Notes to Self by Emilie Pine (Expected publication: June 11th)
The international sensation that illuminates the experiences women are supposed to hide–from addiction, anger, sexual assault, and infertility to joy, sensuality, and love.
“Unsparing . . . equally raw and harrowing . . . the kind of book you want to give to everyone.”–The Irish Times
In this dazzling debut, Emilie Pine speaks to the events that have marked her life–those emotional disruptions for which our society has no adequate language, at once bittersweet, clandestine, and ordinary. She writes with radical honesty on the unspeakable grief of infertility, on caring for an alcoholic parent, on taboos around female bodies and female pain, on sexual violence and violence against the self. This is the story of one woman, and of all women.
Devastating, poignant, and wise–and joyful against the odds–Notes to Self is an unforgettable exploration of what it feels like to be alive, and a daring act of rebellion against a society that is more comfortable with women’s silence.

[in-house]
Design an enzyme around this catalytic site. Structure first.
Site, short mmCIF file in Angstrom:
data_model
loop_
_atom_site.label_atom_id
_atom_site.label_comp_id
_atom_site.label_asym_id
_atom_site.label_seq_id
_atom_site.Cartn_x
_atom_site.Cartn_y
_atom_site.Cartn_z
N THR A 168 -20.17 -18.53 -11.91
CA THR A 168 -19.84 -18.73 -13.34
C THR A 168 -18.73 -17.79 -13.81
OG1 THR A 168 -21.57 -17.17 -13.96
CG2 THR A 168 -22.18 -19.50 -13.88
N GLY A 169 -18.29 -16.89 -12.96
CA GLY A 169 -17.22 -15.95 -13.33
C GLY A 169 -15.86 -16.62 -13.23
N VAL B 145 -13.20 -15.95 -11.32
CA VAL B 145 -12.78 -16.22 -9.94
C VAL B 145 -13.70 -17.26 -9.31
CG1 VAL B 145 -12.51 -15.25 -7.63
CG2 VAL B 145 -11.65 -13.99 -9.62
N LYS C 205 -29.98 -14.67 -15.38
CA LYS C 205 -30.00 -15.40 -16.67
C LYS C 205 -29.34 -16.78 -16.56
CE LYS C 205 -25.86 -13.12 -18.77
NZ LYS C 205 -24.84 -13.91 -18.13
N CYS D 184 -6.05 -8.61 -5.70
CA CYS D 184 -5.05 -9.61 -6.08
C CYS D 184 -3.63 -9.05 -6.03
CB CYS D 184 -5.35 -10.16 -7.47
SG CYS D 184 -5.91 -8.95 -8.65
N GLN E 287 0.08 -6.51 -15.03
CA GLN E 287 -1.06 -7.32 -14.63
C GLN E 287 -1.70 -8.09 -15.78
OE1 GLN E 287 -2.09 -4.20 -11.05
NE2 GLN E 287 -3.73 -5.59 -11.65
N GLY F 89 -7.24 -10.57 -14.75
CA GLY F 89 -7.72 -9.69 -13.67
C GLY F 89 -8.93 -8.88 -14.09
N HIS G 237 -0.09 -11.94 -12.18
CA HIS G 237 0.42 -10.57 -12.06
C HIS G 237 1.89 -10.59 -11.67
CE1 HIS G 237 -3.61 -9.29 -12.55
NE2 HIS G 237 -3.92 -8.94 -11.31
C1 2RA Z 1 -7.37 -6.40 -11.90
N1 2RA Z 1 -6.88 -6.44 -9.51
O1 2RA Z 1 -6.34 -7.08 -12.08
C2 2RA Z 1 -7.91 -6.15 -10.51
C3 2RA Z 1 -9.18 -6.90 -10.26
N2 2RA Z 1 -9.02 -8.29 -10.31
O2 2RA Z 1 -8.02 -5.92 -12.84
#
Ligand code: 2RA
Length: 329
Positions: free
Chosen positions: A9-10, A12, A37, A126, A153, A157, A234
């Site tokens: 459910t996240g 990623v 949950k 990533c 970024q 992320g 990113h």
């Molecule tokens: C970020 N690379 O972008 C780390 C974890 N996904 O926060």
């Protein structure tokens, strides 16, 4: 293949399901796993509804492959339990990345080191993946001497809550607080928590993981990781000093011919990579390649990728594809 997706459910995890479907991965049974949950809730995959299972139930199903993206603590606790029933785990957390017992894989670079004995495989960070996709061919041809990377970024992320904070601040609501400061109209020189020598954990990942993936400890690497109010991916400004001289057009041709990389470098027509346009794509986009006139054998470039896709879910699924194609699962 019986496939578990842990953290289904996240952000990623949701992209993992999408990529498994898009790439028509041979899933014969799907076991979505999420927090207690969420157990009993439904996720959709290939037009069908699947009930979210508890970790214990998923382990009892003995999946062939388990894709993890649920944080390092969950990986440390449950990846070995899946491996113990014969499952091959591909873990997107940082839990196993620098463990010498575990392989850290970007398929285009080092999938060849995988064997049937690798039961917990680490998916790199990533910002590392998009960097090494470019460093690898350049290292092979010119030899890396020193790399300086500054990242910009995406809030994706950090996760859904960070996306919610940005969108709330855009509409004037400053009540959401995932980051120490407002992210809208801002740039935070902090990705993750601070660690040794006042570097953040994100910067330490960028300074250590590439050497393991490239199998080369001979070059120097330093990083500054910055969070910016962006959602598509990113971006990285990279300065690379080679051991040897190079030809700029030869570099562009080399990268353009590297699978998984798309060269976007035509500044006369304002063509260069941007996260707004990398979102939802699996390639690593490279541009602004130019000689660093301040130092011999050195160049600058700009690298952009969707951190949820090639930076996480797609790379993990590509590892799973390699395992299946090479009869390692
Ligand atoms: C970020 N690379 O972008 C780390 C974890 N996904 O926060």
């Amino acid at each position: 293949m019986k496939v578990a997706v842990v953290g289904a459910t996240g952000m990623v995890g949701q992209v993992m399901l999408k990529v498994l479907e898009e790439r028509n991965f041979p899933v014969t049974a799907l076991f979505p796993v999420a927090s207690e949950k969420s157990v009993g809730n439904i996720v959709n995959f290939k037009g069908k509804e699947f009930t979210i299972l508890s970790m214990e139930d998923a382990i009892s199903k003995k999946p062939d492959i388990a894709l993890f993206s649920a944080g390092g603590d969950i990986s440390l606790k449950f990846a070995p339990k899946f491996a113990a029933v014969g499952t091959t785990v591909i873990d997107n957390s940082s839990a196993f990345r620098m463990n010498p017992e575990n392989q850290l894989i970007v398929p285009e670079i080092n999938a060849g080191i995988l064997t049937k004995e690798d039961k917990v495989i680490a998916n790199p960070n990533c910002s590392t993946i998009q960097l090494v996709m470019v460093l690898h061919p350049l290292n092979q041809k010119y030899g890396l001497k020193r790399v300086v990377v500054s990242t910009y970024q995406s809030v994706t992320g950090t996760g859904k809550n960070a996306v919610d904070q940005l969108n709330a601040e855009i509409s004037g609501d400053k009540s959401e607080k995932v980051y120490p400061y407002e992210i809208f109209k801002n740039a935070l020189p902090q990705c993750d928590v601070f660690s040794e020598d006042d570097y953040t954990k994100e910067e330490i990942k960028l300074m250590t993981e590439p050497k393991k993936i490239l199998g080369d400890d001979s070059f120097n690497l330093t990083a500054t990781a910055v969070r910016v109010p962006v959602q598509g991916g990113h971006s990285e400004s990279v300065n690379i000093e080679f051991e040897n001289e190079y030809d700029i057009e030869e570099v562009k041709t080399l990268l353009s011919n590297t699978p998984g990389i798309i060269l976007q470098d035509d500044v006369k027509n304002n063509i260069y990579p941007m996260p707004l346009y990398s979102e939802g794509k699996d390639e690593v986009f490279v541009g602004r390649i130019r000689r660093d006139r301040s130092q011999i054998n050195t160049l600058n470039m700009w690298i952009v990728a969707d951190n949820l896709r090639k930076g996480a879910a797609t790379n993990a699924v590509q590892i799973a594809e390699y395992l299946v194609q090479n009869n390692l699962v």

I need this essay collection in my hands ASAP pleaseandthankyou. I’ve been on a bit of a memoir/essay collection kick lately, and Notes to Self looks like it will be an incredibly memorable addition to the group. Fingers crossed it will be a little bit reminiscent of Maggie O’Farrell’s writing in I Am, I Am, I Am.
Devotions: The Selected Poems of Mary Oliver
Pulitzer Prize-winning poet Mary Oliver presents a personal selection of her best work in this definitive collection spanning more than five decades of her esteemed literary career.
Throughout her celebrated career, Mary Oliver has touched countless readers with her brilliantly crafted verse, expounding on her love for the physical world and the powerful bonds between all living things. Identified as “far and away, this country’s best selling poet” by Dwight Garner, she now returns with a stunning and definitive collection of her writing from the last fifty years.